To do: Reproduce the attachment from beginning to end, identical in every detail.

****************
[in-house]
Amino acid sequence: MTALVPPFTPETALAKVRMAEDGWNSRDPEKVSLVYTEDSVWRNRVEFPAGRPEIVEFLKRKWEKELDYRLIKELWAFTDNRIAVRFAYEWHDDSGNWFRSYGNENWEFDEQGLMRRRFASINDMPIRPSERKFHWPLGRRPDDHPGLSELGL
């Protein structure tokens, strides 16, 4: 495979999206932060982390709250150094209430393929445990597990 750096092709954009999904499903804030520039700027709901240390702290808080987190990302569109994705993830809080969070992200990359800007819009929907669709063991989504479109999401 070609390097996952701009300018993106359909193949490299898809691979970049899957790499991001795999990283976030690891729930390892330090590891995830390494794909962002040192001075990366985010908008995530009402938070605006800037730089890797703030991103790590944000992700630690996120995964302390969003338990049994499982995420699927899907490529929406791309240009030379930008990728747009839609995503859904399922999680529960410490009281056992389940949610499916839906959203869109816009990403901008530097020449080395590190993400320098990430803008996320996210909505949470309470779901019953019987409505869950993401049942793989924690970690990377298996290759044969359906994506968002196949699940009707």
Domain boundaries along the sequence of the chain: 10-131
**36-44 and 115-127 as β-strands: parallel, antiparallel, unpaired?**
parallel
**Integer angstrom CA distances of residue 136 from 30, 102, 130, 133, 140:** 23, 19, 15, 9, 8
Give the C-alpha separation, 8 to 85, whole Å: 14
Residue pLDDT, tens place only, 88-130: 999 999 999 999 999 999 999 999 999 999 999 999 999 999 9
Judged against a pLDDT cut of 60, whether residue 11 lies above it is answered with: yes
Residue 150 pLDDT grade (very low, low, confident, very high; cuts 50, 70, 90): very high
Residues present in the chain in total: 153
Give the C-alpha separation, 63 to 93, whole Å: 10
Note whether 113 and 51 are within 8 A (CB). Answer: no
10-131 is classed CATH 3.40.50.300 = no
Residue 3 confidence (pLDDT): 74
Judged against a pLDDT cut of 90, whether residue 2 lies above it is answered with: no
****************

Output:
[in-house]
Amino acid sequence: MTALVPPFTPETALAKVRMAEDGWNSRDPEKVSLVYTEDSVWRNRVEFPAGRPEIVEFLKRKWEKELDYRLIKELWAFTDNRIAVRFAYEWHDDSGNWFRSYGNENWEFDEQGLMRRRFASINDMPIRPSERKFHWPLGRRPDDHPGLSELGL
């Protein structure tokens, strides 16, 4: 495979999206932060982390709250150094209430393929445990597990 750096092709954009999904499903804030520039700027709901240390702290808080987190990302569109994705993830809080969070992200990359800007819009929907669709063991989504479109999401 070609390097996952701009300018993106359909193949490299898809691979970049899957790499991001795999990283976030690891729930390892330090590891995830390494794909962002040192001075990366985010908008995530009402938070605006800037730089890797703030991103790590944000992700630690996120995964302390969003338990049994499982995420699927899907490529929406791309240009030379930008990728747009839609995503859904399922999680529960410490009281056992389940949610499916839906959203869109816009990403901008530097020449080395590190993400320098990430803008996320996210909505949470309470779901019953019987409505869950993401049942793989924690970690990377298996290759044969359906994506968002196949699940009707």
Domain boundaries along the sequence of the chain: 10-131
**36-44 and 115-127 as β-strands: parallel, antiparallel, unpaired?**
parallel
**Integer angstrom CA distances of residue 136 from 30, 102, 130, 133, 140:** 23, 19, 15, 9, 8
Give the C-alpha separation, 8 to 85, whole Å: 14
Residue pLDDT, tens place only, 88-130: 999 999 999 999 999 999 999 999 999 999 999 999 999 999 9
Judged against a pLDDT cut of 60, whether residue 11 lies above it is answered with: yes
Residue 150 pLDDT grade (very low, low, confident, very high; cuts 50, 70, 90): very high
Residues present in the chain in total: 153
Give the C-alpha separation, 63 to 93, whole Å: 10
Note whether 113 and 51 are within 8 A (CB). Answer: no
10-131 is classed CATH 3.40.50.300 = no
Residue 3 confidence (pLDDT): 74
Judged against a pLDDT cut of 90, whether residue 2 lies above it is answered with: no